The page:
Mechanical flowers installation at Stedelijk Museum Amsterdam from Studio Drift
After Banksy, I went to check out the Stedelijk Museum, Amsterdam’s modern art museum. As pretty as they are, I did not fall down these stairs.
They are featuring an exhibit called “Coded Nature” from Studio Drift, two Dutch artists who create installations based on their shared love of science fiction and technology.
From Studio Drift: Coded Nature, shows an overview of 10 years exploring fluctuating relationships between nature, technology and mankind. In addition to early work, the exhibition features new and previously unseen work. In total, the presentation comprises eight room-filling installations, together with a selection of films, sculptures, prototypes, and models. The show will run through August 2018.
Drifter, “a floating concrete monolith measuring four by two by two meters.” This sculpture not only floats in space, but it does drift around the room. I asked the guard how it is held up. He replied, “It’s a mystery to me too.”
Fragile Future Chandelier can be adapted to fit any space. This one is Fragile Future Chandelier 3.5. I really like the way the lights on the right wall balance the piece.
Another whimsical exhibition were the dioramas of Stefan Tcherepnin, inhabited by “The Mad Masters.” American artist and musician Stefan Tcherepnin captures moments in the lives of four furry monsters.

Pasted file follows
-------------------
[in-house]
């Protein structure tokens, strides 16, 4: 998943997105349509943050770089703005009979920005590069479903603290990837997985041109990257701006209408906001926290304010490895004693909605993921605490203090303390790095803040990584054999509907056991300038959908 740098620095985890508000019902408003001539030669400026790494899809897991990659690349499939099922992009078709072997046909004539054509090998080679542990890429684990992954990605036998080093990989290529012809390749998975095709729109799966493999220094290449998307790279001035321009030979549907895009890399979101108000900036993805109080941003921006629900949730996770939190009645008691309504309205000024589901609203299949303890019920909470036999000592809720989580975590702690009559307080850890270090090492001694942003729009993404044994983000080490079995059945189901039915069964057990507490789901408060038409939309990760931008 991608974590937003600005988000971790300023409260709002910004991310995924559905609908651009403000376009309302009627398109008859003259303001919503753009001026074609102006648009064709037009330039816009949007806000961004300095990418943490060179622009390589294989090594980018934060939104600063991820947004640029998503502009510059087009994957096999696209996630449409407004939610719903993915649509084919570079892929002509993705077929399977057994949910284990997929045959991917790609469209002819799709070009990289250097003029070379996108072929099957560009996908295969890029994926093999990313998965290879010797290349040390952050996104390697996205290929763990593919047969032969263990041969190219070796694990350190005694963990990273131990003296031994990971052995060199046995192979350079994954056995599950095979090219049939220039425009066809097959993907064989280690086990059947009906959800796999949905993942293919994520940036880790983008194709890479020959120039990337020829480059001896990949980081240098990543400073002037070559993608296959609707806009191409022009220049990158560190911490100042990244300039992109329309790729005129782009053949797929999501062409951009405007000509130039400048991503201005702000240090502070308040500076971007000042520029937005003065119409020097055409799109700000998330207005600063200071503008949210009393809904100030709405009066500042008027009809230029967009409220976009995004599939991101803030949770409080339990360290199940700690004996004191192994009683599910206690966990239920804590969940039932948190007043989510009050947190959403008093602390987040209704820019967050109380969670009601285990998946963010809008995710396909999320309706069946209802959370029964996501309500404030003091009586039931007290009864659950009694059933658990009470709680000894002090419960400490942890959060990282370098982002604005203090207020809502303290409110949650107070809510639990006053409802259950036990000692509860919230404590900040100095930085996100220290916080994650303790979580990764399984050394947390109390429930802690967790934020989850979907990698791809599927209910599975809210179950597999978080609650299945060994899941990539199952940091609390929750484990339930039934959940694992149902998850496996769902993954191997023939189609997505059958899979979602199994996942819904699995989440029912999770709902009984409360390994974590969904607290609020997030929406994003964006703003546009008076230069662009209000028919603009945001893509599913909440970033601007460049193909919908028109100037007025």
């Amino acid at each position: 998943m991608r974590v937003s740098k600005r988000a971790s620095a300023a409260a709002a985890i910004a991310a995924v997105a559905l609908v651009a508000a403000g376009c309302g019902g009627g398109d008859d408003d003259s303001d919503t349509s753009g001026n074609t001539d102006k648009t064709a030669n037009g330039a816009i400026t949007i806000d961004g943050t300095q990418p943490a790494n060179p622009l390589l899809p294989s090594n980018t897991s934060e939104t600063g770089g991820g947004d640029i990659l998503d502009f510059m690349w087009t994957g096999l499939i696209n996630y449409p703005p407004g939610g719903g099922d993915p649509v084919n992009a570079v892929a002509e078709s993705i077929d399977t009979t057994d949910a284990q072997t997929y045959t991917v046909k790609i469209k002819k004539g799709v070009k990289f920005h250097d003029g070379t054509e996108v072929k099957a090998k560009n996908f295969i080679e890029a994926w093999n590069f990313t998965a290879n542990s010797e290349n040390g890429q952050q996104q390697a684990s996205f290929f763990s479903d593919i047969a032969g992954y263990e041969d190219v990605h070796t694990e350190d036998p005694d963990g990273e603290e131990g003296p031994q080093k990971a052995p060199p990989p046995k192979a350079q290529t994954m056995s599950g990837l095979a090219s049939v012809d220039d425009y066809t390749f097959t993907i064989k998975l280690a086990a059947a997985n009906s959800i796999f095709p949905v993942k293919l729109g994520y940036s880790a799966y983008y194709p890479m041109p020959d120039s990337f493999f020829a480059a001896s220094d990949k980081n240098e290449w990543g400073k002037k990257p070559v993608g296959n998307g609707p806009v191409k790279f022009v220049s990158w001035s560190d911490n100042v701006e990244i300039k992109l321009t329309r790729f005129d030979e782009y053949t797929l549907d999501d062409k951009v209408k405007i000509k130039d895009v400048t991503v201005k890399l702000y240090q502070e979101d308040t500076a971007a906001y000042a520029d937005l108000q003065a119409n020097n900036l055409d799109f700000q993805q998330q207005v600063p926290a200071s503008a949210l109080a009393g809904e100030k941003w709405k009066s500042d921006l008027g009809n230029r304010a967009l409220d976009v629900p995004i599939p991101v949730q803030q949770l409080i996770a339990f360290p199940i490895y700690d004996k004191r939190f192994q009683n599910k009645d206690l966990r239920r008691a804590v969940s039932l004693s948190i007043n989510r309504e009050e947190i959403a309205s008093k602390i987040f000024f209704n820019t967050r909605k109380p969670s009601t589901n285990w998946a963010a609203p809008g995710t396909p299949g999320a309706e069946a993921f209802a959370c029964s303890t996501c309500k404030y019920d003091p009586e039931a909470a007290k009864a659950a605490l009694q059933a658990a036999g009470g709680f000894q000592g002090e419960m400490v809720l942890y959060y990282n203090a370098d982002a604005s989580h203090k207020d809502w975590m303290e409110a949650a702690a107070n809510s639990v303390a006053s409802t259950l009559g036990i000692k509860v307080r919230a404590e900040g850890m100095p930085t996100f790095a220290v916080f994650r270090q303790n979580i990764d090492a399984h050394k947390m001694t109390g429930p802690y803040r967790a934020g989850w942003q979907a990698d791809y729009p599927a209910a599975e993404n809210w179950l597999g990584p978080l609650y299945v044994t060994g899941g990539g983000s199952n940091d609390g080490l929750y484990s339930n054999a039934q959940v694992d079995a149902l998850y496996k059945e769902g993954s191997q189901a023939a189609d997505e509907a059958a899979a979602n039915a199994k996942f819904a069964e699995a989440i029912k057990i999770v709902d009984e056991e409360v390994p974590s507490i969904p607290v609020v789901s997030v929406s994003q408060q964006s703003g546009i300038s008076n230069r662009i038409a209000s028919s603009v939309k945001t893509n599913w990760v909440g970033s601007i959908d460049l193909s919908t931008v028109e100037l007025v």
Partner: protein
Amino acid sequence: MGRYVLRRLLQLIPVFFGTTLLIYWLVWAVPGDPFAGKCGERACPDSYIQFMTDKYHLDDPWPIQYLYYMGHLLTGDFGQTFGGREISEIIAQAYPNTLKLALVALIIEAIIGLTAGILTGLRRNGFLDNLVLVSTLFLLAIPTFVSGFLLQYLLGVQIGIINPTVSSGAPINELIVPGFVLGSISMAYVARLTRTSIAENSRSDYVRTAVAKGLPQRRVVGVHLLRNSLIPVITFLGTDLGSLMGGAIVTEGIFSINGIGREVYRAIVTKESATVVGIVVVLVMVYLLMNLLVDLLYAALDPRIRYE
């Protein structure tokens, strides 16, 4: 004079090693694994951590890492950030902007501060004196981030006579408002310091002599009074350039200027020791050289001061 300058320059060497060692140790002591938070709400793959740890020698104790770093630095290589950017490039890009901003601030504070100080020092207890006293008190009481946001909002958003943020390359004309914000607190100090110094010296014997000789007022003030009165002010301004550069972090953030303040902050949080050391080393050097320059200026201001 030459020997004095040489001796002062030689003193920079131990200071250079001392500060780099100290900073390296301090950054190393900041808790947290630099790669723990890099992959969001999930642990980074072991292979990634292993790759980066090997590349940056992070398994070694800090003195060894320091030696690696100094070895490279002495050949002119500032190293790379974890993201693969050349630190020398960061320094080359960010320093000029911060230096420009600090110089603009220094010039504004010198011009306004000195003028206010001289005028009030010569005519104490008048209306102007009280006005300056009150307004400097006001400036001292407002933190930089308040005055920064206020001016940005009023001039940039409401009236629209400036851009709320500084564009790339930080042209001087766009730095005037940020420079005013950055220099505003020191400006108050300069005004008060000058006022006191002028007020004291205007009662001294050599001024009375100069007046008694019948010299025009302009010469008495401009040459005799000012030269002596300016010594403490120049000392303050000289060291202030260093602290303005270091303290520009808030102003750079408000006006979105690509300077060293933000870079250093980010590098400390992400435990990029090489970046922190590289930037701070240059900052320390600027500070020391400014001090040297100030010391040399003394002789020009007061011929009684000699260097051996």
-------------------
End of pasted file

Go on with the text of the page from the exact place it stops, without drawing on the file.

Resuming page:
“Freedom is Recognized Necessity” will be on view through August 12, 2018. “Featured are artworks from the Soviet sphere of influence, acquired by the Stedelijk after the end of the Cold War.” This totalitarian art from the time of Brezhnev features slogans from political leaders and images of heroic workers.
STEDELIJK BASE is the permanent installation of iconic works from the collection. The entrance to the base is unreal. Using quotes from people like George Orwell, Barbara Kruger designed the entire stairwell. There is a hidden bathroom door on the right.
I did not fall down these stairs either, although it would have been somewhat poetic.
The two paintings in this installation, “High Voltage Painting” by Martial Raysse and Elaine Sturtevang were painted four years apart, the first by Raysse and the second by Sturtevang with Raysse’s permission.
A section of “Naked Girl Behind a Curtain” by Ernst Ludwig Kirchner.
“Double Portrait of the Artist and His Wife,” Quappi by Max Beckman. After fleeing Germany after his expressionist artwork was condemned by the nazis, Beckman painted this portrait during an extended stay in Amsterdam on their way to the United States.
Claude Raimond-Dityvon. Paris, May 1968. A lone protestor challenges a line of riot police.
Pablo Picasso “Seated Woman with a Fish-Hat.”
Billie Zangewa’s fabric work, “Midnight Aura,” which addresses globalization as well as self-discovery. The designs used are known as Hollandaise or Dutch Wax due to Dutch textile industry. I am unsure of what Hollandaise sauce has to do with textiles.
I decided to leave the Van Gogh and Rijksmuseum until my last weekend, as I can only not fall down so many stairs a day. There was a grocery store serendipitously next-door. I loaded up and took an Uber back to my room for a late night picnic.